We should welcome the Report, as an important source of scientific insight; but we should also view it critically, as an ideological device that in crucial ways obscures the systemic roots of climate change and therefore also obscures the need for a fierce struggle of working-class movements, including the crucial leadership of Indigenous peoples, against capitalism and the states that protect it.

6 thoughts on “Ideology and the New IPCC Report”

  1. Speaking of ideological documents and devices, what you wrote above is a perfect example of both. Do you really think western countries would take the IPCC report more seriously if it pointed fingers at hypothetical ultimate causes like ‘capitalism’ or ‘colonialism’? Do you think this is a sound strategy for scientists to employ if they want to be taken seriously as reporting on the facts of climate change? Scientists of the IPCC are deliberately focusing on scientific aspects of clear proximate causes of climate change and providing a clear statement of the current and predicted outcomes of global greenhouse gas emissions.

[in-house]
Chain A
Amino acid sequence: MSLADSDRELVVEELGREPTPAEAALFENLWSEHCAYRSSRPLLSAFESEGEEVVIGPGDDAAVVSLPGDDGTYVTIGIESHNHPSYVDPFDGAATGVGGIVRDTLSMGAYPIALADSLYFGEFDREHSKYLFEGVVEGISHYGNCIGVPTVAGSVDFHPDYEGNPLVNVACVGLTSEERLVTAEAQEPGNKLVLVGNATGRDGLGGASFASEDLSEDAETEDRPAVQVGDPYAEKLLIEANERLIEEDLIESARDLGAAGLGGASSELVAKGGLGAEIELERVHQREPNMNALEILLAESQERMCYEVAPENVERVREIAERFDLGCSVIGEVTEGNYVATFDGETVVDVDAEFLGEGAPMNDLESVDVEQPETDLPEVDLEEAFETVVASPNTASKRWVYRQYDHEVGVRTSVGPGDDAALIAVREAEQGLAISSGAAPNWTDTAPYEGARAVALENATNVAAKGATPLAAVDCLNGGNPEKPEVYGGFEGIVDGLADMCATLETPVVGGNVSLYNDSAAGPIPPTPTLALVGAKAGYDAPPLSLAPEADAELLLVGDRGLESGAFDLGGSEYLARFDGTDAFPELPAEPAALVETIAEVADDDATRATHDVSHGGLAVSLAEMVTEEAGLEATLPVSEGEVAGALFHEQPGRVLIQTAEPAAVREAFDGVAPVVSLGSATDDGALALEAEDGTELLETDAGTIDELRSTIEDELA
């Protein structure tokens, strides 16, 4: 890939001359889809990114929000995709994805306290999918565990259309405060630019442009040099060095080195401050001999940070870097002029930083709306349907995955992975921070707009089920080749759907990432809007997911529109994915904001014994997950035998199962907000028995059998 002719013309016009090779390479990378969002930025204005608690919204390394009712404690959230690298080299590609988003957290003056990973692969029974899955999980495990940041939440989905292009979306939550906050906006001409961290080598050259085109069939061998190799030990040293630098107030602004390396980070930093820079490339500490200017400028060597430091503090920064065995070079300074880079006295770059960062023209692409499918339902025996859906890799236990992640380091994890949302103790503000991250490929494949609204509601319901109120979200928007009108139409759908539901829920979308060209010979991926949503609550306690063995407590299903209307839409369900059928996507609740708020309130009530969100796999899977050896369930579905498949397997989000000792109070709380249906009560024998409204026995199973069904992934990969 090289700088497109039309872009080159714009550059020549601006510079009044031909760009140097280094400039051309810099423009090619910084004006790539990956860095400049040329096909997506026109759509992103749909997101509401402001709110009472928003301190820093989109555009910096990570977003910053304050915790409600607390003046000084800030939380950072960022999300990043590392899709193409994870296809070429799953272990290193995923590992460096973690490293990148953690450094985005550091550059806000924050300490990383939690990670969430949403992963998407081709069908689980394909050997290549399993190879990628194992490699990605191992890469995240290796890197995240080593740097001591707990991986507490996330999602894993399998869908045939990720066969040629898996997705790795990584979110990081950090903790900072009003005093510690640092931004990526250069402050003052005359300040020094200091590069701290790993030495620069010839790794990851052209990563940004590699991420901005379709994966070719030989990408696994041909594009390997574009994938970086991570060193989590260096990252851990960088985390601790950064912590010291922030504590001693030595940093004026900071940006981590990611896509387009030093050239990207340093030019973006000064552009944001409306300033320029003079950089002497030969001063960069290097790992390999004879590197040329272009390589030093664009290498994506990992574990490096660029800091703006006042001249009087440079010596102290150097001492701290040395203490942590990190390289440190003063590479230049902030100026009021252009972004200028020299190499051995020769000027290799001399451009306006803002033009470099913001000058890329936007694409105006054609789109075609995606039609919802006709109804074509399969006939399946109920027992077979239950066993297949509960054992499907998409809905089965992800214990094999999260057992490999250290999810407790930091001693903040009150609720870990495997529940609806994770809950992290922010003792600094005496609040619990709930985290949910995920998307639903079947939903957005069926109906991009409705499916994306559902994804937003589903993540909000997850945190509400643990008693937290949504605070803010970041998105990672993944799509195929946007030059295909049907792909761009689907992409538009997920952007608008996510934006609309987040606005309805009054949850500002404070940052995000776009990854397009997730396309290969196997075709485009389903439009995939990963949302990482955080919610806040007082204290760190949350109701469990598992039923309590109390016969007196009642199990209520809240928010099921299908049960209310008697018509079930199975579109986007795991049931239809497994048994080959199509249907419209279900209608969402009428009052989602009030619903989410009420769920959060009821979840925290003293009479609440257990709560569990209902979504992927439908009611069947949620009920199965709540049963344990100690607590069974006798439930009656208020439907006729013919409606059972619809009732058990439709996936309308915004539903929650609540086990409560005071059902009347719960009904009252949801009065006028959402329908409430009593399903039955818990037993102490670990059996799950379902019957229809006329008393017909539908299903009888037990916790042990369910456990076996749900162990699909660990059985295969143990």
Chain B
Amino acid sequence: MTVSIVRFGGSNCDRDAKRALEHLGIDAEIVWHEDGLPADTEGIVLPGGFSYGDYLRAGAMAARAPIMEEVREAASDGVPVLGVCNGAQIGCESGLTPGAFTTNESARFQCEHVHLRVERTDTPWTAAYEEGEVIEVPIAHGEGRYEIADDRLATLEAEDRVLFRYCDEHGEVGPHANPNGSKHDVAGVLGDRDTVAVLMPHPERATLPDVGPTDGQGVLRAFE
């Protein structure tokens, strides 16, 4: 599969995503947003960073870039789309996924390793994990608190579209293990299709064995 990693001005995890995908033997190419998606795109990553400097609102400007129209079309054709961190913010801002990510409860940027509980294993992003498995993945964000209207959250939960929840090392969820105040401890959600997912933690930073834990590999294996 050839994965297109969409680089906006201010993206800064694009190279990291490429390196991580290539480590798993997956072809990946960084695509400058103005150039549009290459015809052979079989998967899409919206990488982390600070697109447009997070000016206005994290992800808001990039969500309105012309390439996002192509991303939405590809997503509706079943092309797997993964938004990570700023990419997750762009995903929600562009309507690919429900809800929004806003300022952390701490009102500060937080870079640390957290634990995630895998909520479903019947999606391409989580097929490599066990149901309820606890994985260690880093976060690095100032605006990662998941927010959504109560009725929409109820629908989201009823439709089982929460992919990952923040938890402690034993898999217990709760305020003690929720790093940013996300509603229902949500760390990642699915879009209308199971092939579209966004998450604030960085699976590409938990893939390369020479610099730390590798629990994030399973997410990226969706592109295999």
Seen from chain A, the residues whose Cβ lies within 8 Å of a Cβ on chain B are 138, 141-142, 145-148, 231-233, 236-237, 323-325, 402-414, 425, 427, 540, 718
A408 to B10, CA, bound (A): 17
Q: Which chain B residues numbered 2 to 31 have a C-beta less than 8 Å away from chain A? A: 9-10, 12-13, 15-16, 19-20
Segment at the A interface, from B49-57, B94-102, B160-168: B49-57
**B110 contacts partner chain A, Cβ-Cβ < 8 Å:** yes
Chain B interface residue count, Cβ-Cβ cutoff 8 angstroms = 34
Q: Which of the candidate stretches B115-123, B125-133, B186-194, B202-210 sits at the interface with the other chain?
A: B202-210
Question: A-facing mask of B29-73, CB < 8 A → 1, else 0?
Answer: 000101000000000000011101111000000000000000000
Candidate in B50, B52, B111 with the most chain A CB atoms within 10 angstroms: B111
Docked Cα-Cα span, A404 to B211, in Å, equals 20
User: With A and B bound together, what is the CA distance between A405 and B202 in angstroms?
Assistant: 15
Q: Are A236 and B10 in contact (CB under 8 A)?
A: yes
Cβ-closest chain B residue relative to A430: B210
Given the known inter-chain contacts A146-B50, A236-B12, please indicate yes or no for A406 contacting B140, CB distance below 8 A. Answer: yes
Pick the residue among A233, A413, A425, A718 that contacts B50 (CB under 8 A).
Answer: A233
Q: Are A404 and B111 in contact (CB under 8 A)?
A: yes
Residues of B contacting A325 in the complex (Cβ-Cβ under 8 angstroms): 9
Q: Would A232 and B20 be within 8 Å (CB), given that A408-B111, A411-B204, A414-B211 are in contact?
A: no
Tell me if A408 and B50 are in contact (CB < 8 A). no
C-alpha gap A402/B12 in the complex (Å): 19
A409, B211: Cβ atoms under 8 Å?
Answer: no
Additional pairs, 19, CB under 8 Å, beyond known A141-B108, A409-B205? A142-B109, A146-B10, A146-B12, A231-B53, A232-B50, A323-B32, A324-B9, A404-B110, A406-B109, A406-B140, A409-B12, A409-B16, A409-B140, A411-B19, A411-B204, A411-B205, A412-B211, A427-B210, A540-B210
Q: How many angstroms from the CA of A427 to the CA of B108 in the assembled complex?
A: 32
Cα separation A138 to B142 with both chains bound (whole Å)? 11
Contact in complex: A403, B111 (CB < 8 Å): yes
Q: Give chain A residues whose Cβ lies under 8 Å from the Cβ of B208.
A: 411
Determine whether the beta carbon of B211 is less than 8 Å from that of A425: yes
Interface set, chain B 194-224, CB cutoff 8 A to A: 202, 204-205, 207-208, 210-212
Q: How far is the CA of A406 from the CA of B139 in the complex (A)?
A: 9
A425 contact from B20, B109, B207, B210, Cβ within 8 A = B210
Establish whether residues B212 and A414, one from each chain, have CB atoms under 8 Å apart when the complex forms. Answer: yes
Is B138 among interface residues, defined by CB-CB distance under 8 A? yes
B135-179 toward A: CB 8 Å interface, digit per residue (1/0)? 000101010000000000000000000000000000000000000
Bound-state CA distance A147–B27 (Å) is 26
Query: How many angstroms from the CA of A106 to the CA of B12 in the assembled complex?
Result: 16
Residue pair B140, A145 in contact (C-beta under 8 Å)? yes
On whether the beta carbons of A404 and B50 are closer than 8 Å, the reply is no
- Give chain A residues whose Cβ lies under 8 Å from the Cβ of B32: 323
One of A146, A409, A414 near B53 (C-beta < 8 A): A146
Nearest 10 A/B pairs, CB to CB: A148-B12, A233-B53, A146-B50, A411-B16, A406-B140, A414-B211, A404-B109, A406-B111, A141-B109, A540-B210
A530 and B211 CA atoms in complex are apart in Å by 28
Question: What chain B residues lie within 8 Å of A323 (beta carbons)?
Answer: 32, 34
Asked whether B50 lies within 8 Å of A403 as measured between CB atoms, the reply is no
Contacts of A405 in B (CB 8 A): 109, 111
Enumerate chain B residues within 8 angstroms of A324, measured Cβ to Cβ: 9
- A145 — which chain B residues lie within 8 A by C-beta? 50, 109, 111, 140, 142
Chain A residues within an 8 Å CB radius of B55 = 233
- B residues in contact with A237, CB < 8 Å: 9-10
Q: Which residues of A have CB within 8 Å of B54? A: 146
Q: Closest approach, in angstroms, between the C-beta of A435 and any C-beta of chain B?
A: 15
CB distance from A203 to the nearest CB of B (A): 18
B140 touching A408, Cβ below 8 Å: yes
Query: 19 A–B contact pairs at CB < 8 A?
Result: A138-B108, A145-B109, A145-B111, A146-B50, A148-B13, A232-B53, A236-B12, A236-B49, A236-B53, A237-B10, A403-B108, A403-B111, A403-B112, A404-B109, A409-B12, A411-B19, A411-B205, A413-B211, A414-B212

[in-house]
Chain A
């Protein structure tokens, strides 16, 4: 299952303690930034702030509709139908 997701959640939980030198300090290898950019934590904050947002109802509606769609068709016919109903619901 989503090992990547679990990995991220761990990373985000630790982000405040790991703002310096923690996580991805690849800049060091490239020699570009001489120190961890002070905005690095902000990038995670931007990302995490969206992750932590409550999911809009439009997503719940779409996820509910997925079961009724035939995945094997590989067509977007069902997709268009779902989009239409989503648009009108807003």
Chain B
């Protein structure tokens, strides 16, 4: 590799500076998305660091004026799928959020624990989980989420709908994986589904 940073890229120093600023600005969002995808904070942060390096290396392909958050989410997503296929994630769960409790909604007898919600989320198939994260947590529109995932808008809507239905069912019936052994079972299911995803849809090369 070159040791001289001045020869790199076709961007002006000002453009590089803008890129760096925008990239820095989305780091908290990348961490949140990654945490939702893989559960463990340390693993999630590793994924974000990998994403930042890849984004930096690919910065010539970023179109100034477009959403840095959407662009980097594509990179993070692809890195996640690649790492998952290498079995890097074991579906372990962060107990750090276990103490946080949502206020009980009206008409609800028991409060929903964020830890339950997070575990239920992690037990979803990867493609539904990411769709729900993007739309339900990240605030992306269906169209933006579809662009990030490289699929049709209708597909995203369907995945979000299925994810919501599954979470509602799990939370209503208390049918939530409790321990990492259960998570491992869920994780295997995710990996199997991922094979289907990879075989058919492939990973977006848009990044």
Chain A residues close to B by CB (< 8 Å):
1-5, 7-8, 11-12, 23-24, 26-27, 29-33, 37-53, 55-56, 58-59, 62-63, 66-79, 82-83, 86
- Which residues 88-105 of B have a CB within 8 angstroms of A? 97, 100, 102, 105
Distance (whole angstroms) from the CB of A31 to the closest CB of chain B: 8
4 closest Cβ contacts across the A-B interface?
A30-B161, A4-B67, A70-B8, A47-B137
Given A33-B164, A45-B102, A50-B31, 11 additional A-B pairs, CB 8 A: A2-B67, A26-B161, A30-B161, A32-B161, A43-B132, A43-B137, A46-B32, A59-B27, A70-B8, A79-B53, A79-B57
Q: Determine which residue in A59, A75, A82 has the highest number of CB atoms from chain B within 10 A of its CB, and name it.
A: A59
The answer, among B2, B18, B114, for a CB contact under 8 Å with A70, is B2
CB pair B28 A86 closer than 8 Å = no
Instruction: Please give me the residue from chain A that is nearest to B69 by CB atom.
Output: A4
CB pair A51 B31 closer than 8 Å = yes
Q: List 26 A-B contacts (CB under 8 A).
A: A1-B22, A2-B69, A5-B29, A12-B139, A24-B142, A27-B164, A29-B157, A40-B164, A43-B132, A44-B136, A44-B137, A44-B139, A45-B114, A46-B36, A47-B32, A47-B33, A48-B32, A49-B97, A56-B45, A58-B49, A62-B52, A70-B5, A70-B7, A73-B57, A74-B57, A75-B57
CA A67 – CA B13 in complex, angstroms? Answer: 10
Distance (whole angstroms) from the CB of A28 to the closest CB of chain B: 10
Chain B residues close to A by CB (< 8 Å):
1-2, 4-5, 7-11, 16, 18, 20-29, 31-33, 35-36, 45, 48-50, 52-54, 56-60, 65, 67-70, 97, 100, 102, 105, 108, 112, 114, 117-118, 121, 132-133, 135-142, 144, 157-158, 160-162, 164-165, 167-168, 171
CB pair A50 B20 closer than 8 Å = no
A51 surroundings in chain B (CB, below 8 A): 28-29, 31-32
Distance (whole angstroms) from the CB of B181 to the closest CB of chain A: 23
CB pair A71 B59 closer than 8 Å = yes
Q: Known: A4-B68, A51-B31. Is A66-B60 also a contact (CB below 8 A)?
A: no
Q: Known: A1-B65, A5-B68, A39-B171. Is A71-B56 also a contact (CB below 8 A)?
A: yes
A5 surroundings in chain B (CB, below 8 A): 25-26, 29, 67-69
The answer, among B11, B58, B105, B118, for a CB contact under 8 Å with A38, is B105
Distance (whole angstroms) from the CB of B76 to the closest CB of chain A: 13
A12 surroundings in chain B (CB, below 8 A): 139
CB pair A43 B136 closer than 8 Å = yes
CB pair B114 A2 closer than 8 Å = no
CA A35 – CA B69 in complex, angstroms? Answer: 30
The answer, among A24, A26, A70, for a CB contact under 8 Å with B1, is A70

1. What you call “serious” or “able to be taken seriously by governments” is exactly what I call “ideology”: the excommunication — exclusion from the discussion — of uncomfortable facts about the causes of climate change in a discourse that purports to be (and is, within limits) scientific.